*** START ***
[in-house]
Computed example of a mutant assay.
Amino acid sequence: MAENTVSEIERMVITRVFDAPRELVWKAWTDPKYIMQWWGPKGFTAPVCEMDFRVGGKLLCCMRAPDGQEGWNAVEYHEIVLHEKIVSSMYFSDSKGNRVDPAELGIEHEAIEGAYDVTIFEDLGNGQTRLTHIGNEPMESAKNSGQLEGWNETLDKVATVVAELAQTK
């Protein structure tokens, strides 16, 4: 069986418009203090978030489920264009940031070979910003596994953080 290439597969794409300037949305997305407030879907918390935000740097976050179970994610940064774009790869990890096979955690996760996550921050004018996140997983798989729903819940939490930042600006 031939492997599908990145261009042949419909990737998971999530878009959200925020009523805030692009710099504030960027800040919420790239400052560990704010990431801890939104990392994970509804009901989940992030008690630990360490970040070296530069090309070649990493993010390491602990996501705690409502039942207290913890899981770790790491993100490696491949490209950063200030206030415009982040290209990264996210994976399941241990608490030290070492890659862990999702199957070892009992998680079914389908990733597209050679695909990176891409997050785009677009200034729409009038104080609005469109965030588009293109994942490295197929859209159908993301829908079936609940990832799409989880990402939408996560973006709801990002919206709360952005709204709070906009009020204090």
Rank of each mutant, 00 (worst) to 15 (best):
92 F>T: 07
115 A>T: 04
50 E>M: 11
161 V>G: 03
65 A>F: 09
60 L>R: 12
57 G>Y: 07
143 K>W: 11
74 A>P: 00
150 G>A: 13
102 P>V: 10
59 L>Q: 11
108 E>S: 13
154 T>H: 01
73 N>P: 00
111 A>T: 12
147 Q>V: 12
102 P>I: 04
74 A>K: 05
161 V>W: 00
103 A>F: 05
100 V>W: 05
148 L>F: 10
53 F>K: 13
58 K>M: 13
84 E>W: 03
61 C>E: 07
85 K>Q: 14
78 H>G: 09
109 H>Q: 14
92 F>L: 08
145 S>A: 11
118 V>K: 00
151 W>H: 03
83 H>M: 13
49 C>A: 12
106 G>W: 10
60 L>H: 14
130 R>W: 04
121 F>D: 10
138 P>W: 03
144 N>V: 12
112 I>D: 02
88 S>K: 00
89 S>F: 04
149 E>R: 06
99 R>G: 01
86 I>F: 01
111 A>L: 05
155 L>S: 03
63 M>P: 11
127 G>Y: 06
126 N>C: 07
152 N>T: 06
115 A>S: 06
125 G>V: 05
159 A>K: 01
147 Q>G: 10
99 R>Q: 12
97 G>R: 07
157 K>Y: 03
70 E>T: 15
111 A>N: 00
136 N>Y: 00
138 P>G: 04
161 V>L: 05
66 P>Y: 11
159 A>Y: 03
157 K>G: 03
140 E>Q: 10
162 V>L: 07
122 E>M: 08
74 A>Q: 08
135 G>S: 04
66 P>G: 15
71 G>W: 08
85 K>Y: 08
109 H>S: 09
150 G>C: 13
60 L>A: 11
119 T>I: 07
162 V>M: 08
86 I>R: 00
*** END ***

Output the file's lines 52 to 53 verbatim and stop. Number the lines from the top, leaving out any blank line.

99 R>G: 01
86 I>F: 01